U.S. Department of Labor, Office of the Assistant Secretary for Administration and Management, Chicago, Illinois, 32 FLRA 465, 470 (1988). These factors are not exhaustive, however and the totality of the circumstances will be examined in determining formality.
The criteria of finding a discussion "formal" will be found only if all the elements of section 7114(a)(2)(A) are present: there must be (1) a discussion; (2) which is formal; (3) between one or more representatives of the agency and one or more employees in the unit of their representatives; (4) concerning any grievance or personnel policy or practices or other general condition of employment. Defense Depot Tracy, supra; Department of the Treasury U.S. Customs Service, Miami, Florida, 29 FLRA 610 (1987), 19 FLRA 1123 (1985). In applying these factors it should be noted again that the intent and purpose of section 7114(a)(2)(A) is -- to provide the union with the opportunity to safeguard its interests and the interests of employees in the bargaining unit. Veterans Administration, supra.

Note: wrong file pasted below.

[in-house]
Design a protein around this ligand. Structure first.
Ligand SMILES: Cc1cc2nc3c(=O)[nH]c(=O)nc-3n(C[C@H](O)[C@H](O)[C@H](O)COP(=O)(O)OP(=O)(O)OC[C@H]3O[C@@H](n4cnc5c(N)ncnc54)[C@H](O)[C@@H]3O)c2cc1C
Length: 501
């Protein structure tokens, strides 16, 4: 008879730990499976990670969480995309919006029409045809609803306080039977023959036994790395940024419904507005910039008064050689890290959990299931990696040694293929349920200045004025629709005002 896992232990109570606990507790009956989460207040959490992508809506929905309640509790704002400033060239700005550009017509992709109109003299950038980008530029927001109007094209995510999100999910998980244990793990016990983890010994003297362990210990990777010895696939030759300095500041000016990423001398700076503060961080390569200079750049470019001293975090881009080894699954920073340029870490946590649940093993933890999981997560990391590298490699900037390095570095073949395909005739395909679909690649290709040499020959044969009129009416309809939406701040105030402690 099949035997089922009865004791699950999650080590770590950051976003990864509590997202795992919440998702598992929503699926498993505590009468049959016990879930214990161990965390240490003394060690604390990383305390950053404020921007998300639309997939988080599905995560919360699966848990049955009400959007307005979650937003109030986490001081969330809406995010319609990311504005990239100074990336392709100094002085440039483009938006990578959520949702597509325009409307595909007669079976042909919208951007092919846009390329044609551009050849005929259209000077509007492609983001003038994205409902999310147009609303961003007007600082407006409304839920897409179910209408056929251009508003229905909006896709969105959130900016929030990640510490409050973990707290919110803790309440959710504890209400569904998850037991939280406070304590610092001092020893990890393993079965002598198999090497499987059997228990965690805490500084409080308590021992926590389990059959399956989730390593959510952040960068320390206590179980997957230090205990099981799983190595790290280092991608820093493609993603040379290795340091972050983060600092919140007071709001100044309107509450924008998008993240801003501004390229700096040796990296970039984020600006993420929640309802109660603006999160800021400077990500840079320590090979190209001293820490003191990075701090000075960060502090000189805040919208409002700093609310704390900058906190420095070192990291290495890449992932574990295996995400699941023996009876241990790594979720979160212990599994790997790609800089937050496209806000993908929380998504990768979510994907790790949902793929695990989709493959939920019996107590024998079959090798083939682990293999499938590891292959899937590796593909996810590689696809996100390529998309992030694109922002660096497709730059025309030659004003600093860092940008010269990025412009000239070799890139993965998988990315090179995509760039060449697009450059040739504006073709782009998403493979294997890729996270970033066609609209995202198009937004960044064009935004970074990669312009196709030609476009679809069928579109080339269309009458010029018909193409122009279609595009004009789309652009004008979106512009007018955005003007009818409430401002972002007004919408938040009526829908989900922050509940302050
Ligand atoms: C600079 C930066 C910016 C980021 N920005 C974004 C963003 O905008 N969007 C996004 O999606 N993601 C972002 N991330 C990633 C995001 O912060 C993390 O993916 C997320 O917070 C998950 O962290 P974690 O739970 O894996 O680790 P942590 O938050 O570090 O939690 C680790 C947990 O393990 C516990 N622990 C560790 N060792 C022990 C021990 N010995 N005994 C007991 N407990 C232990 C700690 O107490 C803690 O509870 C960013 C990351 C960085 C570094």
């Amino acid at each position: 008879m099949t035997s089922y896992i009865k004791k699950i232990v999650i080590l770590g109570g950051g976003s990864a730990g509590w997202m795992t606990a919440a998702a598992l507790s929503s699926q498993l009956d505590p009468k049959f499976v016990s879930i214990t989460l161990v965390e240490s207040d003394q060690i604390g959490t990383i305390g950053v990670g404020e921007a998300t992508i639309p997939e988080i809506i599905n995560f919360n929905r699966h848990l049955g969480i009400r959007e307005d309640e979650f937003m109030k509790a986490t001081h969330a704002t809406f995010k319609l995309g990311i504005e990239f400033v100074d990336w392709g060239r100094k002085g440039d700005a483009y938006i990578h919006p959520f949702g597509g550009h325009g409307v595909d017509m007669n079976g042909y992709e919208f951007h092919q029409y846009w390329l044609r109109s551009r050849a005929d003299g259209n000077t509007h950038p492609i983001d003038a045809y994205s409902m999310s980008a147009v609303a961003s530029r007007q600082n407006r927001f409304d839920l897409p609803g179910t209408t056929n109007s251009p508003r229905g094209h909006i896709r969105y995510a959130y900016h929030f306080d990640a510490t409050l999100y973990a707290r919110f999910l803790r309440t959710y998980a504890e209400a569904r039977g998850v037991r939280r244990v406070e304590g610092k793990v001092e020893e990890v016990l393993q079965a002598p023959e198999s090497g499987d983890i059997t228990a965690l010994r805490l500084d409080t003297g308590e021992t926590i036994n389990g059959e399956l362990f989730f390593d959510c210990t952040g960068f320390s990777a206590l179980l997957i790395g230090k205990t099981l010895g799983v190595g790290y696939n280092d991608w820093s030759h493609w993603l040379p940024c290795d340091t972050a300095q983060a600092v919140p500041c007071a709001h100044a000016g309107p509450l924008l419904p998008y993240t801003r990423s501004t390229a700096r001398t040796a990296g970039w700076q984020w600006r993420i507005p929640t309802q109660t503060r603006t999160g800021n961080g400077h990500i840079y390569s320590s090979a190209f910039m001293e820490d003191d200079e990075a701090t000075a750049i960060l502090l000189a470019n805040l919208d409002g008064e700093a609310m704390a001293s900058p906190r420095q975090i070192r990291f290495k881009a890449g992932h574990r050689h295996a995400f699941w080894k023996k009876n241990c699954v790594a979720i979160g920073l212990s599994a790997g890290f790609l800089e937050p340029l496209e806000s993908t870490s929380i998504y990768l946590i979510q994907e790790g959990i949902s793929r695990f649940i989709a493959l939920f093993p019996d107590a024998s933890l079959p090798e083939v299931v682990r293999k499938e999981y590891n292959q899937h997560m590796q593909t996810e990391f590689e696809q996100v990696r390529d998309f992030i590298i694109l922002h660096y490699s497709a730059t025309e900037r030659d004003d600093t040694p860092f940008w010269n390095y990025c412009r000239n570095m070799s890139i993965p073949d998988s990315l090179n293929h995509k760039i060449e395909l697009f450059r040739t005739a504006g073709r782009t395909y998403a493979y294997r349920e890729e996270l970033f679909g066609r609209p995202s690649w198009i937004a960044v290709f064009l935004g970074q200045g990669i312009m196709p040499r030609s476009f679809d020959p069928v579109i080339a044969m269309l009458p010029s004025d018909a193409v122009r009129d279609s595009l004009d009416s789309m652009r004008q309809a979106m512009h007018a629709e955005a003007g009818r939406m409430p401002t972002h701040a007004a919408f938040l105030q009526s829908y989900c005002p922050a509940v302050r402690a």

Looking at all the circumstances, the discussion in Warehouse 13 occurred at the end of the morning briefing, with attendance required. The topic of the holiday party was raised by Beatty, demonstrating that he had an agenda, planned in advance to discuss the matter, and also undermines suggestions that the meeting was spontaneous. Also the meeting occurred outside the immediate work area of the employees, in the lunchroom. While employees had no advance notice about the meeting, employees already had knowledge of the meeting, as part of their daily routine. Thus, this meeting was sufficiently formal to constitute a formal discussion under the Statute.